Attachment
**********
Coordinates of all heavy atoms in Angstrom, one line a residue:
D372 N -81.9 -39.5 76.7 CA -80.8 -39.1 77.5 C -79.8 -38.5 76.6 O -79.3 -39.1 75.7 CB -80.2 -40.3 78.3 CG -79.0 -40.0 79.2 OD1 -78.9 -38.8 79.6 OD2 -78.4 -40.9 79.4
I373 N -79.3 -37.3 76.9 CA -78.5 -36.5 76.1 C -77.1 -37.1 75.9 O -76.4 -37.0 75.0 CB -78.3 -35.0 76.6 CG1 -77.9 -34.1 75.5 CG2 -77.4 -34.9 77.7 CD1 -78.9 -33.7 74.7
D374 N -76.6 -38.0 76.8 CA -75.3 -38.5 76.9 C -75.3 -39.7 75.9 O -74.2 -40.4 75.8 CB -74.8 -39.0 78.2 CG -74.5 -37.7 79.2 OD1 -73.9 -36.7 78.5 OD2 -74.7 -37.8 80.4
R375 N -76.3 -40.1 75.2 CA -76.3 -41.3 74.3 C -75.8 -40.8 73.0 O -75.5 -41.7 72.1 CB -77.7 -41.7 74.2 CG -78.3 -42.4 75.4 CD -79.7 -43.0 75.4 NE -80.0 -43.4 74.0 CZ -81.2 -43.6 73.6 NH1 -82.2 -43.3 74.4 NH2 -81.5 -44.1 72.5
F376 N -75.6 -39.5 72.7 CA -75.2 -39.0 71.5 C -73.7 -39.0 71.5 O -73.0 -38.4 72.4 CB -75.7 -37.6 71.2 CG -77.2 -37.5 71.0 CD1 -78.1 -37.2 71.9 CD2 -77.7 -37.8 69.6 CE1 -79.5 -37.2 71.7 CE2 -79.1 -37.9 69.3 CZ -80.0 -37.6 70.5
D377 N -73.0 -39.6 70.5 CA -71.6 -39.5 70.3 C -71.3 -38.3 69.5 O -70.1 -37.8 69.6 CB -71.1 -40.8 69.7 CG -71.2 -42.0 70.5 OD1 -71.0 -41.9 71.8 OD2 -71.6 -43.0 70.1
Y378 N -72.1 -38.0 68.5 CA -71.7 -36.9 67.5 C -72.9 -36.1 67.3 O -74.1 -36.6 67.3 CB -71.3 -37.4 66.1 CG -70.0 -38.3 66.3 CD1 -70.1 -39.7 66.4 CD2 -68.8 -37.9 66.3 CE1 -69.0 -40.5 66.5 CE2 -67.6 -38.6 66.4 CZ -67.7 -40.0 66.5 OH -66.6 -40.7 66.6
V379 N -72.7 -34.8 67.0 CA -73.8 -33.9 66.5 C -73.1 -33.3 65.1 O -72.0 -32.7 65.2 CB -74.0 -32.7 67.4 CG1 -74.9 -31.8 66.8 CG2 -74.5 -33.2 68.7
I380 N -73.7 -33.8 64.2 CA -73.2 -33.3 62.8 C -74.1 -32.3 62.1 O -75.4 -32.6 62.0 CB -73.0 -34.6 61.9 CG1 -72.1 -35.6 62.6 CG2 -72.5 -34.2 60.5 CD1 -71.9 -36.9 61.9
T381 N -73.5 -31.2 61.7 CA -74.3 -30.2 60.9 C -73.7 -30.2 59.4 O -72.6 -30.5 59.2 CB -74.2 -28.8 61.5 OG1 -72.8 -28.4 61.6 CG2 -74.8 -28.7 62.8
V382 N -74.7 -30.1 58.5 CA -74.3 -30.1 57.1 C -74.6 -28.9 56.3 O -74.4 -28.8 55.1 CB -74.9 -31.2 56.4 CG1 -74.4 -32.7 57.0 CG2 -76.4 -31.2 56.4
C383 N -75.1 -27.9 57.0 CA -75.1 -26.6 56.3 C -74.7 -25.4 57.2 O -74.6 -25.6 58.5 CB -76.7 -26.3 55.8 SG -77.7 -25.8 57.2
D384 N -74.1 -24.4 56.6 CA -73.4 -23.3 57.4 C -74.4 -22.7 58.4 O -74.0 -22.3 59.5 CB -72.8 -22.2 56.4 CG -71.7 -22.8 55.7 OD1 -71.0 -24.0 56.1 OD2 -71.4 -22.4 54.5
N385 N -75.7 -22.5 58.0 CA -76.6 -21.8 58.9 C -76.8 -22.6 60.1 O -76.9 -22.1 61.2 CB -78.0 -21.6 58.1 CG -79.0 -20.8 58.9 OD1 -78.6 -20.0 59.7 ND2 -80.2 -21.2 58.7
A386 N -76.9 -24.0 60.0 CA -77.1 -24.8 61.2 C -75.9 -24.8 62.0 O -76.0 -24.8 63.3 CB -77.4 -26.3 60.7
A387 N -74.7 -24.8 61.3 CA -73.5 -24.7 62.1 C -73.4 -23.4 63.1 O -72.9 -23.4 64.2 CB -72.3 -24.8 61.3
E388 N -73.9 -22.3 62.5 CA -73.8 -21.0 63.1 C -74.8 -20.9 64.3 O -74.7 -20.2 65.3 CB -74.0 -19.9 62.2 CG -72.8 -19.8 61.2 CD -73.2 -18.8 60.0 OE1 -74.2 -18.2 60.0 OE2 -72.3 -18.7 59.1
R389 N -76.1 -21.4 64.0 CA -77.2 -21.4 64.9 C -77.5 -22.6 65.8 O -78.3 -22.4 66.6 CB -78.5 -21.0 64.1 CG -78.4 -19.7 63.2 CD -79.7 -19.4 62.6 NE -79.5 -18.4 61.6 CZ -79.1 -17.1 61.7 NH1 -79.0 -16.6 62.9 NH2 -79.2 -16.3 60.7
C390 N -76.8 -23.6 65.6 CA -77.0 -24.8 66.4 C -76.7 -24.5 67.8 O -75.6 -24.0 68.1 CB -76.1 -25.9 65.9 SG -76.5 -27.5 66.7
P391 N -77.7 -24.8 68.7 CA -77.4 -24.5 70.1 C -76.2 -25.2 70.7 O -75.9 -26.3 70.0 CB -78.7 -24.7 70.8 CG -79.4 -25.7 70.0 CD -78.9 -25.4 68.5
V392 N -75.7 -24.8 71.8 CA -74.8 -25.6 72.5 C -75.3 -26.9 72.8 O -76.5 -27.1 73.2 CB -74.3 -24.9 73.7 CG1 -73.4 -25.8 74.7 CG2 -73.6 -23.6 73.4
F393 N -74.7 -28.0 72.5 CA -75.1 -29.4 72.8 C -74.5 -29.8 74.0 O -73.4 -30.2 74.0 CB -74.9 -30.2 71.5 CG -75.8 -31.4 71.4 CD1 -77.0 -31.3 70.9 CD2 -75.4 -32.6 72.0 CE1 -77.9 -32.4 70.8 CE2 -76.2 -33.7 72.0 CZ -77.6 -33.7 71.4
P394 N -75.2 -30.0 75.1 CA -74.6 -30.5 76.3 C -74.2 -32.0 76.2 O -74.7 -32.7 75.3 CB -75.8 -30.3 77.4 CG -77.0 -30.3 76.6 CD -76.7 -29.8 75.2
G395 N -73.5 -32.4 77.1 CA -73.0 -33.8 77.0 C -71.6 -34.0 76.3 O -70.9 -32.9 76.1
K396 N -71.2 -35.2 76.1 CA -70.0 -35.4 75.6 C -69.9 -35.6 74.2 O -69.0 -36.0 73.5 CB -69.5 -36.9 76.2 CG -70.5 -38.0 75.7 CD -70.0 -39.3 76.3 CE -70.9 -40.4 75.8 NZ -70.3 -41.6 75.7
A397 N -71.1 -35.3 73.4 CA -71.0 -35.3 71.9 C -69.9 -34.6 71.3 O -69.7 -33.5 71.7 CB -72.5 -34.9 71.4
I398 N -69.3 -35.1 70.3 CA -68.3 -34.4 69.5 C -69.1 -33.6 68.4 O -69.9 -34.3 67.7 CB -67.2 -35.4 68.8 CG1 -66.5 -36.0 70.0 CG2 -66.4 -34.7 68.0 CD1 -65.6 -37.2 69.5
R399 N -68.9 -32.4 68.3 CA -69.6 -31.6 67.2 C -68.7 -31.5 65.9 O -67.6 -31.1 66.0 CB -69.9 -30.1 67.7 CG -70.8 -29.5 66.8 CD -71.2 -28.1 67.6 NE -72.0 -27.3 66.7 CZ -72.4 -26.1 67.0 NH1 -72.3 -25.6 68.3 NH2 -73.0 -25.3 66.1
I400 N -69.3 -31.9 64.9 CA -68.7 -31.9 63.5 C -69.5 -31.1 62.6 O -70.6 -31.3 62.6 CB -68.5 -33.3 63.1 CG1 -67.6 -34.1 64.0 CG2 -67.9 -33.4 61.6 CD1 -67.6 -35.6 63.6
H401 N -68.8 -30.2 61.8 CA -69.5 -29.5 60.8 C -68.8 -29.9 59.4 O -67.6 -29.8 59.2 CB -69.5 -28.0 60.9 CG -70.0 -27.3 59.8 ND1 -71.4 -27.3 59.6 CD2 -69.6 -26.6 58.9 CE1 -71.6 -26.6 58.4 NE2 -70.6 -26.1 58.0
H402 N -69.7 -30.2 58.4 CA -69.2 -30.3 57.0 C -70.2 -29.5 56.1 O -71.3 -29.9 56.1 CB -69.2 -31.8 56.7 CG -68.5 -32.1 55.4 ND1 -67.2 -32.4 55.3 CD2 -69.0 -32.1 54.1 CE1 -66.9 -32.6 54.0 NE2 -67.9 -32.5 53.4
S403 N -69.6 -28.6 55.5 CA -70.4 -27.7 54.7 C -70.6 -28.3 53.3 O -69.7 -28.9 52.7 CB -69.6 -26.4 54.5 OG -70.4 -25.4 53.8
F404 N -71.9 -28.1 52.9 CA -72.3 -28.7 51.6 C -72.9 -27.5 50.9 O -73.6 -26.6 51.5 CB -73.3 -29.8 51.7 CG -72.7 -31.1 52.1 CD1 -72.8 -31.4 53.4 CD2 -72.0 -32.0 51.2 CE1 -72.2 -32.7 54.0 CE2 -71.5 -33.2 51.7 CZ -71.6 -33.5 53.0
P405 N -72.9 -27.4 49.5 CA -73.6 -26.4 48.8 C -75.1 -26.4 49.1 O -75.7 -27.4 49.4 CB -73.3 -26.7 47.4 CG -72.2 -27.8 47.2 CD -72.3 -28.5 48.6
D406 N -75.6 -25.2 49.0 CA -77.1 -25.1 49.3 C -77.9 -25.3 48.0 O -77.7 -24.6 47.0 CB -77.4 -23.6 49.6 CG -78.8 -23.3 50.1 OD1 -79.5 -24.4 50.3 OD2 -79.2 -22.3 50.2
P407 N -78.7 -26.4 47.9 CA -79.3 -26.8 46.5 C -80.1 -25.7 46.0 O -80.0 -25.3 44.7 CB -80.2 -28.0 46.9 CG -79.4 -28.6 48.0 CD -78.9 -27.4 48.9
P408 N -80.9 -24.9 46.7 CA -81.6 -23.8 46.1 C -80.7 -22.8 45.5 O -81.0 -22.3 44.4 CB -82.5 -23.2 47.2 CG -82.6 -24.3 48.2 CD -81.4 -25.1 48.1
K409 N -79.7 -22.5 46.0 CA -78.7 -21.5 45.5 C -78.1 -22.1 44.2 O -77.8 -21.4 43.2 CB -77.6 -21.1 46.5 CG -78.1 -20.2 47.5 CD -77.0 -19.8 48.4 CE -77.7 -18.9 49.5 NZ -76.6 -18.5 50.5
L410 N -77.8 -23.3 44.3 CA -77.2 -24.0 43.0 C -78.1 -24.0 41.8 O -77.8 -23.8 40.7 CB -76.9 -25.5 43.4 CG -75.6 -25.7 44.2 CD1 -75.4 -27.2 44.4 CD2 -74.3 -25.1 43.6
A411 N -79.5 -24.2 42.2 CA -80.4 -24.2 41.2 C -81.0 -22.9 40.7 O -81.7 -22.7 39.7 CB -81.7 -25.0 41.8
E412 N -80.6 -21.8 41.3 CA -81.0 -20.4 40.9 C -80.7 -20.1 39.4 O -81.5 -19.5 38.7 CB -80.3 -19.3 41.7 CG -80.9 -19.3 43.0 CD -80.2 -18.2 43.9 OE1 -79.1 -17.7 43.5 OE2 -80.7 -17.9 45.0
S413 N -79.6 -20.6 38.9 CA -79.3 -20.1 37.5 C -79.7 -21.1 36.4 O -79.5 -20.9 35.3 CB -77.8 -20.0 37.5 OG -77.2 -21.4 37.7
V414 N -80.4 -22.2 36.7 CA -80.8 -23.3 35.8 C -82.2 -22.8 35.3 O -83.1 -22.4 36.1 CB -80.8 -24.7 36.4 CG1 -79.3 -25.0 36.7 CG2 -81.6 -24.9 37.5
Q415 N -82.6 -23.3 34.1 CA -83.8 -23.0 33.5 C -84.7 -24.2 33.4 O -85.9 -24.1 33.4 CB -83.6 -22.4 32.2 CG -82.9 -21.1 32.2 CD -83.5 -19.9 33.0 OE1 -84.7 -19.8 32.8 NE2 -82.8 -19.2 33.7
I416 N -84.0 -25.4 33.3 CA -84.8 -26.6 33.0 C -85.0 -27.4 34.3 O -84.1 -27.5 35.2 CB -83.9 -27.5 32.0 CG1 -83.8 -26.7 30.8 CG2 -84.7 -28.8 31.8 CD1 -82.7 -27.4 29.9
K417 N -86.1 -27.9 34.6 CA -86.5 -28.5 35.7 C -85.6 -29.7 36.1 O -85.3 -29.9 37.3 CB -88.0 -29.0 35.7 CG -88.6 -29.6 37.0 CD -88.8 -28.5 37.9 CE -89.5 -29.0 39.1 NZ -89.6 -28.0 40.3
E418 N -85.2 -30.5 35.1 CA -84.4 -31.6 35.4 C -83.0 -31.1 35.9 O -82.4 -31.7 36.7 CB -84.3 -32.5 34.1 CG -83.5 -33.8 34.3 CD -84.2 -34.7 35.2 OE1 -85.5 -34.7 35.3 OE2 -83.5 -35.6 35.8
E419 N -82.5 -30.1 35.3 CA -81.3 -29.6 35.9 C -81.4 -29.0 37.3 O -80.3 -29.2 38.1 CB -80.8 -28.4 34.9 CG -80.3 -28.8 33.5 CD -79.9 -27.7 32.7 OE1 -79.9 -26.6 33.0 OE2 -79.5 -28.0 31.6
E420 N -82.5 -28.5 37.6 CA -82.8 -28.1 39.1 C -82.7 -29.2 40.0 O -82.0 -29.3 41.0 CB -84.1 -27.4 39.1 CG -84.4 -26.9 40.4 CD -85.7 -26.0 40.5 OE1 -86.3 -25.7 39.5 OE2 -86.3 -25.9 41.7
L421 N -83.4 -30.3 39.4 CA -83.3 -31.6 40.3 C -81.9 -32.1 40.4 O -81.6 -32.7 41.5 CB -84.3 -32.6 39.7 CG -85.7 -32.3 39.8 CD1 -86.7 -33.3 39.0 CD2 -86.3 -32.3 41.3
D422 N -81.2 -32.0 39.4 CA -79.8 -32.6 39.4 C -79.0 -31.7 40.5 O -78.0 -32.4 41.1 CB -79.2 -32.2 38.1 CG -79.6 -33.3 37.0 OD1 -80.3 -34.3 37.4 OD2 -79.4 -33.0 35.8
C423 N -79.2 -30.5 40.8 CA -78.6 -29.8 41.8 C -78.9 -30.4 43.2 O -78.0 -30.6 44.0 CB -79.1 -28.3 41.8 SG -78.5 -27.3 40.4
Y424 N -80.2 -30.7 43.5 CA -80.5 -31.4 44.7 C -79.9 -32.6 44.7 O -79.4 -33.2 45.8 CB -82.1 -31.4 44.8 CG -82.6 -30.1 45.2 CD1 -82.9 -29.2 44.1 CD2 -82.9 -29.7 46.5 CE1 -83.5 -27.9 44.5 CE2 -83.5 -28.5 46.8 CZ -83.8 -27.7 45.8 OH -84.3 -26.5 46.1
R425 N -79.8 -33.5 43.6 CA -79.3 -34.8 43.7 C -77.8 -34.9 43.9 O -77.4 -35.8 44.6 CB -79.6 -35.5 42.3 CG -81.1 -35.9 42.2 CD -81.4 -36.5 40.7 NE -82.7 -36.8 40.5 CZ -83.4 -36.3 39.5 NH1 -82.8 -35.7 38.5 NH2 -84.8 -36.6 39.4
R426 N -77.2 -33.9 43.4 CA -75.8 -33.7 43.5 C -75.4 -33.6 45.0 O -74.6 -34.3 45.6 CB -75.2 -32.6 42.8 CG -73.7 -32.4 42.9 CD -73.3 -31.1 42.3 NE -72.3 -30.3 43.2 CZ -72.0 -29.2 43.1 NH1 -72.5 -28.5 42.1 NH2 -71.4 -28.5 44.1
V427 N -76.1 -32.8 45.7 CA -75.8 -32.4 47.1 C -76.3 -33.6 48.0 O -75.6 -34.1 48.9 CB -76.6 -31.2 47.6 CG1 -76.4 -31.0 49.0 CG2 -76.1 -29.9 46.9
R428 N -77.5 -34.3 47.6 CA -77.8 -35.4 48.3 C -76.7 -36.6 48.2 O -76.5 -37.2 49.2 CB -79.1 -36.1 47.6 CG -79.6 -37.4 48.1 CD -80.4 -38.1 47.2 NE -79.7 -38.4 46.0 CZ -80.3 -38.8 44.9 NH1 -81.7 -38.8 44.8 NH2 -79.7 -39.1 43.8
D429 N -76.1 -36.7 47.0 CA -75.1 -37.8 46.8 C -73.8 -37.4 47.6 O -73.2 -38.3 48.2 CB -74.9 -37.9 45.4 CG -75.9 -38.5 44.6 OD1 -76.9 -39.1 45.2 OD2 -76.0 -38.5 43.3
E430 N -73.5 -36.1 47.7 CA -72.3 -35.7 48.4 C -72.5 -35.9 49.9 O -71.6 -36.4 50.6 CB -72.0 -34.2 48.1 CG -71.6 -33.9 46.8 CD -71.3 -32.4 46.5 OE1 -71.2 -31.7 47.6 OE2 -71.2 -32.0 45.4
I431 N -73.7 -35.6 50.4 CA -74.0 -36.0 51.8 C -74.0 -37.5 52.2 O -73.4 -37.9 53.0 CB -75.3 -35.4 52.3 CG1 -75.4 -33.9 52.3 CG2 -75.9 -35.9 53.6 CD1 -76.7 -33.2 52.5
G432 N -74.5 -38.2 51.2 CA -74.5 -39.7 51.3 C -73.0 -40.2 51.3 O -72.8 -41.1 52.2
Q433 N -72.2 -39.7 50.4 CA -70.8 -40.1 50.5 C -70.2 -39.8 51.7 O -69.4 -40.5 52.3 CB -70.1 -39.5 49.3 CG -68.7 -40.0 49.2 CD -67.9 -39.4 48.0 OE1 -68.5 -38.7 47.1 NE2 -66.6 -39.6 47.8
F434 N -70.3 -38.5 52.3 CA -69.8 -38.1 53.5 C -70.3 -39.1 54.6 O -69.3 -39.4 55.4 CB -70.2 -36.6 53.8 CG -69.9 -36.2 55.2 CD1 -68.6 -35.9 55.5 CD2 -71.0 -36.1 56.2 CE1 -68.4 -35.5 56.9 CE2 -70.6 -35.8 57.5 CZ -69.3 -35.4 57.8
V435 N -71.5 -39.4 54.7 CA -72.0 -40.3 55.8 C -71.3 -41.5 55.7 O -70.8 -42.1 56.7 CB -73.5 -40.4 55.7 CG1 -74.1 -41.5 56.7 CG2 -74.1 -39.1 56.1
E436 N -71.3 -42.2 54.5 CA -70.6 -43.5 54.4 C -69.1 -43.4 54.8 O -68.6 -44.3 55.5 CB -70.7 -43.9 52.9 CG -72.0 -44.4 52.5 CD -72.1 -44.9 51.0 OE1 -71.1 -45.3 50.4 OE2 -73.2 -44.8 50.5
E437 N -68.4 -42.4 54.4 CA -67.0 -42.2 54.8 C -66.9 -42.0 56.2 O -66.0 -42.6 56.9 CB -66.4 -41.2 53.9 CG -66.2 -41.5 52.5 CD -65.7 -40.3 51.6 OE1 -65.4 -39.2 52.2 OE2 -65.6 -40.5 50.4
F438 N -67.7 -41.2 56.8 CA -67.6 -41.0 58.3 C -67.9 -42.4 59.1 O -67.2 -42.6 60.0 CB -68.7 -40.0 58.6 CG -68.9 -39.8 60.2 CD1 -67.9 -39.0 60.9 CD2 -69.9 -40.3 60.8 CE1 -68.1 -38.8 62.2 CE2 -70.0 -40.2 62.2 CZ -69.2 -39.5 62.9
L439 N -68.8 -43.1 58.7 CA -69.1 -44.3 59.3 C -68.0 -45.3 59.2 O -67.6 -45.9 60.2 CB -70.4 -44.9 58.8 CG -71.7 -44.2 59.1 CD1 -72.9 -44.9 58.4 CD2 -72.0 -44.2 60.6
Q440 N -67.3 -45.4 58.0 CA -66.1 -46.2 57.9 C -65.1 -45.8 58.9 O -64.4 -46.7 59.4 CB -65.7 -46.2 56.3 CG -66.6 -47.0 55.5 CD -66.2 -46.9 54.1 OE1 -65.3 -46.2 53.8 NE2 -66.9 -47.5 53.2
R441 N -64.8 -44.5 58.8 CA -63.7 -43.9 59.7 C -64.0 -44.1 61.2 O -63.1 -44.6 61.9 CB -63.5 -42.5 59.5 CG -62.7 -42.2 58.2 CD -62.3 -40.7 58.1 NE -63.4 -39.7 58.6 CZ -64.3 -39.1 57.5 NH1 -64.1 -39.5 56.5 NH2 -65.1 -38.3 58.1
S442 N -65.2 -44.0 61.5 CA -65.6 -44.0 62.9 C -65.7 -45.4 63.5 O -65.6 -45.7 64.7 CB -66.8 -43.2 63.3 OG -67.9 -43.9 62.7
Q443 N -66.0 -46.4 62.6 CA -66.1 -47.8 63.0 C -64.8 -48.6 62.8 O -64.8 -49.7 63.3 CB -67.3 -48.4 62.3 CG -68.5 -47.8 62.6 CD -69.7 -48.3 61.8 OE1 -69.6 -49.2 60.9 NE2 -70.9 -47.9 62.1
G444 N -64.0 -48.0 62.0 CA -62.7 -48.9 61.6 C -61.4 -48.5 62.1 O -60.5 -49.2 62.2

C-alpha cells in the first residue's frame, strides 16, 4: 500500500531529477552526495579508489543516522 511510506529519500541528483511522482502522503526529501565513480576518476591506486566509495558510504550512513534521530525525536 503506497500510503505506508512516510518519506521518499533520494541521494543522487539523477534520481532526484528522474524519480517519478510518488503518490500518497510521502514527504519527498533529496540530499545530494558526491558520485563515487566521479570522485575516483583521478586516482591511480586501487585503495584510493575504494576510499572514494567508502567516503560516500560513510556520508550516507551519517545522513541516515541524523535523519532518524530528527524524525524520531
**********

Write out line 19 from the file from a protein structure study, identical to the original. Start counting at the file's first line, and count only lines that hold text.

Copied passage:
R389 N -76.1 -21.4 64.0 CA -77.2 -21.4 64.9 C -77.5 -22.6 65.8 O -78.3 -22.4 66.6 CB -78.5 -21.0 64.1 CG -78.4 -19.7 63.2 CD -79.7 -19.4 62.6 NE -79.5 -18.4 61.6 CZ -79.1 -17.1 61.7 NH1 -79.0 -16.6 62.9 NH2 -79.2 -16.3 60.7